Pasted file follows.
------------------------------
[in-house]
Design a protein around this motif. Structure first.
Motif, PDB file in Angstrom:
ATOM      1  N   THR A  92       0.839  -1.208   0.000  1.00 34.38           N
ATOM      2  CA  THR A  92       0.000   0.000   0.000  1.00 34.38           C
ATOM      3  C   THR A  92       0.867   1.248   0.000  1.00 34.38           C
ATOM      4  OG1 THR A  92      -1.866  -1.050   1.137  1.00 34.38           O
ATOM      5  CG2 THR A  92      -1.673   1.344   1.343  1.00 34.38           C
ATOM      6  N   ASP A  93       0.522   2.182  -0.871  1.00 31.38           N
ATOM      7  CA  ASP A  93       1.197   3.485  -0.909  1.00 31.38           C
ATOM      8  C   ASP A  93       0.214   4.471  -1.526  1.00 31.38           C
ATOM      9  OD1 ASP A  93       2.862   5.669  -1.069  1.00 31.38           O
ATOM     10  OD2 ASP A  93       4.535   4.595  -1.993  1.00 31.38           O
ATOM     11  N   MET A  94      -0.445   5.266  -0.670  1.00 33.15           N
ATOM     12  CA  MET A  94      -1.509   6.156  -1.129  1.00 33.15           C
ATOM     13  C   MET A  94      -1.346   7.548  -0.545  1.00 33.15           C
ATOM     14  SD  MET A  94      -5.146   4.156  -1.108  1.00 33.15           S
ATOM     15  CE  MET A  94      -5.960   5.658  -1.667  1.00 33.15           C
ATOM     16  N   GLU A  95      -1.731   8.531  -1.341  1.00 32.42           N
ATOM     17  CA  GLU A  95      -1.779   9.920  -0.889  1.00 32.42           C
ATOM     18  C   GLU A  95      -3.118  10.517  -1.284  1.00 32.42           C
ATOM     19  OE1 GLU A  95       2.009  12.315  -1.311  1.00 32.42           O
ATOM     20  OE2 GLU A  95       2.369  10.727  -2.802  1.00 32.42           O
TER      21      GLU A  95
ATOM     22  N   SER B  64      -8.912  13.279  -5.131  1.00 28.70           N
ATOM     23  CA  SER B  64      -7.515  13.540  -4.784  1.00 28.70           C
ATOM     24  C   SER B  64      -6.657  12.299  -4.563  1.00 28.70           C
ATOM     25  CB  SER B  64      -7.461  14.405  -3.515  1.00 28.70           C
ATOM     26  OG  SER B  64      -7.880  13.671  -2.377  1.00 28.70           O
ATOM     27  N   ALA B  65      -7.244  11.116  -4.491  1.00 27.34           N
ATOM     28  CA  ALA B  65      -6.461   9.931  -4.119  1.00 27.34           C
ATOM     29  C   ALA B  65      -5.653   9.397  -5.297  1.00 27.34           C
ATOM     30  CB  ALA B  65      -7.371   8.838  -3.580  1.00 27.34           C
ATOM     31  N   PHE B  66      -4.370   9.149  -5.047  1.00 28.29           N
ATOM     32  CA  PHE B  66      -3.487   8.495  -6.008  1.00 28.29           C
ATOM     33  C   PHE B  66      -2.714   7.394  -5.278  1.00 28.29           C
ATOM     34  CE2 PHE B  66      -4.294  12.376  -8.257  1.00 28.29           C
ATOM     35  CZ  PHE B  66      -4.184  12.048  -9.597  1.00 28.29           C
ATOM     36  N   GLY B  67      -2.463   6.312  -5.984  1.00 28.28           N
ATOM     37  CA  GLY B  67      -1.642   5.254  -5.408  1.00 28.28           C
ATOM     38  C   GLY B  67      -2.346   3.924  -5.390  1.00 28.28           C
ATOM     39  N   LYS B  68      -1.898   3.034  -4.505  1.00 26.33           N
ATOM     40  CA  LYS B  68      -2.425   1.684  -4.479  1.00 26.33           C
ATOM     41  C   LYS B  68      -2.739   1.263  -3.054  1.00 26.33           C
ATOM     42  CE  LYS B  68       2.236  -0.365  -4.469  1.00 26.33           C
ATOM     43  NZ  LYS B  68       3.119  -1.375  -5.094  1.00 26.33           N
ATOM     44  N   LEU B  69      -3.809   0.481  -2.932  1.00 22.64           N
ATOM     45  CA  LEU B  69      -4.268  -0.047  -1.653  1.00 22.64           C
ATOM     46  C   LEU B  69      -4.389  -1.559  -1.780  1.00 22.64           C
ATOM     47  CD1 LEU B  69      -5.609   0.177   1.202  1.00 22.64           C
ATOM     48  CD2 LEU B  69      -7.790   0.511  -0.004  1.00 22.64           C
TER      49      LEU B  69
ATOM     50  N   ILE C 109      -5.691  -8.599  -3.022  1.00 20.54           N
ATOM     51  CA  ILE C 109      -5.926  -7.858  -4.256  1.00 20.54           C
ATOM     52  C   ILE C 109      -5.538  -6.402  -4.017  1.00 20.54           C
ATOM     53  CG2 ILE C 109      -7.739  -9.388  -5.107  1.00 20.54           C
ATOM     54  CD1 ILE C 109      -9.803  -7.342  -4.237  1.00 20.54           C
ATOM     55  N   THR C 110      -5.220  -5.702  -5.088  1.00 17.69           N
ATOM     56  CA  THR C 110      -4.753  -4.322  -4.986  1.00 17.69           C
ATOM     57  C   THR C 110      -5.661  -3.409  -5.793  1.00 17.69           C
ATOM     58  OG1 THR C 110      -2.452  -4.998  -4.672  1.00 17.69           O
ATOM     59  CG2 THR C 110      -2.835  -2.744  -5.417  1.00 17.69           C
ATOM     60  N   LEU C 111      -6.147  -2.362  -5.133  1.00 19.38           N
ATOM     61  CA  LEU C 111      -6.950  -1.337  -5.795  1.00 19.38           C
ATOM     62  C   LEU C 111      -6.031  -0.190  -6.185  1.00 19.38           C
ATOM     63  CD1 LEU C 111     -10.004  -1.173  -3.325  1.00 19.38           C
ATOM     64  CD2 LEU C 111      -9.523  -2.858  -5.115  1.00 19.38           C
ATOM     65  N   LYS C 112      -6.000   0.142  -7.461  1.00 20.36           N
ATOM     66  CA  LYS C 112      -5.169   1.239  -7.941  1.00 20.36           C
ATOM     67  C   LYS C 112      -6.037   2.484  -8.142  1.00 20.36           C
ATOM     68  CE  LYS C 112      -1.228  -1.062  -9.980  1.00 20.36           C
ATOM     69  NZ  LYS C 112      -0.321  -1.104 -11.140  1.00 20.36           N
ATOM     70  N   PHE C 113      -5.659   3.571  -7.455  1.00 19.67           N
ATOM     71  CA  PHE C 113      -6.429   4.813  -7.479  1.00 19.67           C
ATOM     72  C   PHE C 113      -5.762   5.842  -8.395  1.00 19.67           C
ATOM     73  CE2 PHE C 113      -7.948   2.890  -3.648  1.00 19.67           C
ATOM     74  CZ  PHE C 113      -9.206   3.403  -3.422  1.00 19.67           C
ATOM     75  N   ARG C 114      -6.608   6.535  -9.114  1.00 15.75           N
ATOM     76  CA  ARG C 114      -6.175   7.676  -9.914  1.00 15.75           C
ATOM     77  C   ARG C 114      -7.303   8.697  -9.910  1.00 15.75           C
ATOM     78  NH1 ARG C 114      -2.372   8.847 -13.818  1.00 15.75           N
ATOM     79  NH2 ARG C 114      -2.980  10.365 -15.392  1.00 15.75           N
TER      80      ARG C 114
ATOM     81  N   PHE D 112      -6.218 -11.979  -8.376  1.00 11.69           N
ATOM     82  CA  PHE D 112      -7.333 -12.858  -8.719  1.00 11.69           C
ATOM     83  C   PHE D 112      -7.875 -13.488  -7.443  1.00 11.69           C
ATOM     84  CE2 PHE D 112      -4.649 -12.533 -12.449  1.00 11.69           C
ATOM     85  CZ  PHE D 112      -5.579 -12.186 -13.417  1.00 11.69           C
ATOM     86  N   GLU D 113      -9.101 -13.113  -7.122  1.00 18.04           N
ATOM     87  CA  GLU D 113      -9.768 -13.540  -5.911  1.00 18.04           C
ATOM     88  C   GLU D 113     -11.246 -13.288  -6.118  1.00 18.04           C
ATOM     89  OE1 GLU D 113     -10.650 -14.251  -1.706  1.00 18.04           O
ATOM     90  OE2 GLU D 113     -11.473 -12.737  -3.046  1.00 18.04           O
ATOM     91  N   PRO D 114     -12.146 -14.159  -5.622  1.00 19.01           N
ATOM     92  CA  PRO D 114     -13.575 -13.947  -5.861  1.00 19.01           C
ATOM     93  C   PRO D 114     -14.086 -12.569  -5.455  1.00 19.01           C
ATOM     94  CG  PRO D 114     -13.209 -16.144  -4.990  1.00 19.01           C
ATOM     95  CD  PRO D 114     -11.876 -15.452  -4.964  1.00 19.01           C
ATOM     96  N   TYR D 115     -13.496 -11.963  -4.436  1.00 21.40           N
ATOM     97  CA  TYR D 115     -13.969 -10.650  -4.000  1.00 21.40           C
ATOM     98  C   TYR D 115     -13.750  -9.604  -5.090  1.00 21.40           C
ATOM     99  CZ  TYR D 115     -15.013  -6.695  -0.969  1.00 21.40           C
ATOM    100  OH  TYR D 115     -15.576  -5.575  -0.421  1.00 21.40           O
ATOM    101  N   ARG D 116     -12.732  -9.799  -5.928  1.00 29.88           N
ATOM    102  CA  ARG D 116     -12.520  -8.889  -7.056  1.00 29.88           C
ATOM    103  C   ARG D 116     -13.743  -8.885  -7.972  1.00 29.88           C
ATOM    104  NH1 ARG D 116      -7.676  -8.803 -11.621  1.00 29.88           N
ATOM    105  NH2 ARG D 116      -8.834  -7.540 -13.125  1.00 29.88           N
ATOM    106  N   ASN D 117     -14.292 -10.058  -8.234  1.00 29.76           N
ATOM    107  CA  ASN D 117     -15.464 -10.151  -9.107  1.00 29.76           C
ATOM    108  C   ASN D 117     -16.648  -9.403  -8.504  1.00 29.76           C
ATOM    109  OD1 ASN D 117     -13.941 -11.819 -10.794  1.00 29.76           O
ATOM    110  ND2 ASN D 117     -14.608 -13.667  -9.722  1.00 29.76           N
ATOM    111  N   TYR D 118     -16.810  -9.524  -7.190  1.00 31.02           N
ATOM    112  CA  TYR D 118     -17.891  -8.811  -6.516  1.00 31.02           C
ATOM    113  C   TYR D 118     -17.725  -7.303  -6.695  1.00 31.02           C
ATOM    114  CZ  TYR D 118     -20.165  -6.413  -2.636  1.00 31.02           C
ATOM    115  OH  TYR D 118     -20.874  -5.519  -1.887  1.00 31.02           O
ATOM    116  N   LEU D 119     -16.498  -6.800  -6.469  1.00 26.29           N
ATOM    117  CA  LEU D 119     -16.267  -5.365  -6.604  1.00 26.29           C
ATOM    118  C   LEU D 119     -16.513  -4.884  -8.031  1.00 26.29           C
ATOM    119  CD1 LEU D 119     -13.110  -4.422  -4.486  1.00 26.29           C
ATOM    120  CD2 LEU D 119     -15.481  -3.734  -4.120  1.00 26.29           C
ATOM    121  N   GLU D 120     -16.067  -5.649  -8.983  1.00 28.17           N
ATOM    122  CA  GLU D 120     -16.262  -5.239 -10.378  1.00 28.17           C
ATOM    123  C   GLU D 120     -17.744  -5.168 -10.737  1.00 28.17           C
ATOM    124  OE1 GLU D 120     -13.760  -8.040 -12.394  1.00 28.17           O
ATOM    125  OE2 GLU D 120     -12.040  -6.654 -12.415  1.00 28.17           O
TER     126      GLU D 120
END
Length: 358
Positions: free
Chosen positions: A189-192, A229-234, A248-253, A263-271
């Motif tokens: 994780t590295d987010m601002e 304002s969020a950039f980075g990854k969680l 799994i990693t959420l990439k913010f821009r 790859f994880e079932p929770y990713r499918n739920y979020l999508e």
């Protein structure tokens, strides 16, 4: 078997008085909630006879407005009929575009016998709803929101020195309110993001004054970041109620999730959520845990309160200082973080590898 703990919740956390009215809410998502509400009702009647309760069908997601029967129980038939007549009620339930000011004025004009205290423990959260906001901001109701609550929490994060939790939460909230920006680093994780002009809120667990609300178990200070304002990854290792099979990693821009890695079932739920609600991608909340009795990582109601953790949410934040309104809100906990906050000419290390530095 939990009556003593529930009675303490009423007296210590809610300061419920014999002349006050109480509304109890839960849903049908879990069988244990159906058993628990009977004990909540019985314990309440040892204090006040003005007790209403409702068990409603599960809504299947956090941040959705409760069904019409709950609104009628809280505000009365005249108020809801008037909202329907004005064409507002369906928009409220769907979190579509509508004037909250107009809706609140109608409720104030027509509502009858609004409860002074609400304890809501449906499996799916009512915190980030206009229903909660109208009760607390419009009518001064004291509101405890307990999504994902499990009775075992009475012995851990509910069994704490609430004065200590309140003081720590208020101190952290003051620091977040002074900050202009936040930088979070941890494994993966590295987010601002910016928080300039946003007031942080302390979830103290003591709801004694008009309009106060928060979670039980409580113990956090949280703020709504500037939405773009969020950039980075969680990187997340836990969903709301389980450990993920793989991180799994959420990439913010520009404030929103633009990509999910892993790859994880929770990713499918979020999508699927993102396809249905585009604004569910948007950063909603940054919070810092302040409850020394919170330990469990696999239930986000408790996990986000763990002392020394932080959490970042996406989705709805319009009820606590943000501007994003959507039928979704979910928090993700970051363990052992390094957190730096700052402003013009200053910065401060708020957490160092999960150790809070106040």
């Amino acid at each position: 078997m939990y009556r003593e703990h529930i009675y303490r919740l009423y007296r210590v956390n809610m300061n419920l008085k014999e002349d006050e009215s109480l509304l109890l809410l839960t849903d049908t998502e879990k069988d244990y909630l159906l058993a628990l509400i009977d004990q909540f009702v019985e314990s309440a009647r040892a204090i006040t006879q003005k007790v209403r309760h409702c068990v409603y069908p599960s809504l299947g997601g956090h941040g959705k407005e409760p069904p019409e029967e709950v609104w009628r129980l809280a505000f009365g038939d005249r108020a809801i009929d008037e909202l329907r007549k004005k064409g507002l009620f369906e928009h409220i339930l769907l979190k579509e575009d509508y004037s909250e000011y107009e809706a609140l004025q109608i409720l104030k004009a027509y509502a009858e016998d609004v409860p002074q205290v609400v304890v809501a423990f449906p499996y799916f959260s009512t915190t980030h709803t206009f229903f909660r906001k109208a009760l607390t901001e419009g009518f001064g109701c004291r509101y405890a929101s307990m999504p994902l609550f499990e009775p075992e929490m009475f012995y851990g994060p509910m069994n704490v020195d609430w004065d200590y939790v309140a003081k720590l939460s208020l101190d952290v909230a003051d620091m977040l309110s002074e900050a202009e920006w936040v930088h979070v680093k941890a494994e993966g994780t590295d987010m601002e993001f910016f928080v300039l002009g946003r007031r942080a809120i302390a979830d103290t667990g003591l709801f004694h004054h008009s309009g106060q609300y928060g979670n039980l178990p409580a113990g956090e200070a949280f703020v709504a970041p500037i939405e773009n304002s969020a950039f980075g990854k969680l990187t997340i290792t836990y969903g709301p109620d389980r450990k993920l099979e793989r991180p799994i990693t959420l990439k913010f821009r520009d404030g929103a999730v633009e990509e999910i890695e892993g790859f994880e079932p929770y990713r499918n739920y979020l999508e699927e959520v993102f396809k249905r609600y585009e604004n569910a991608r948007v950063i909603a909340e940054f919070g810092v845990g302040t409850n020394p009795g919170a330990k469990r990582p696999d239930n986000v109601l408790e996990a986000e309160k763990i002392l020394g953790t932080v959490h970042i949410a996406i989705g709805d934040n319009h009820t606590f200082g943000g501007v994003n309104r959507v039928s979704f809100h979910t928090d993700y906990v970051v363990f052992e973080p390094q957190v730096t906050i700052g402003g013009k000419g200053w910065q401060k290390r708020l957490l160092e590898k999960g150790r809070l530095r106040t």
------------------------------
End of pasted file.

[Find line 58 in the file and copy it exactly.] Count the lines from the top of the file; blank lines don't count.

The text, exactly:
ATOM     55  N   THR C 110      -5.220  -5.702  -5.088  1.00 17.69           N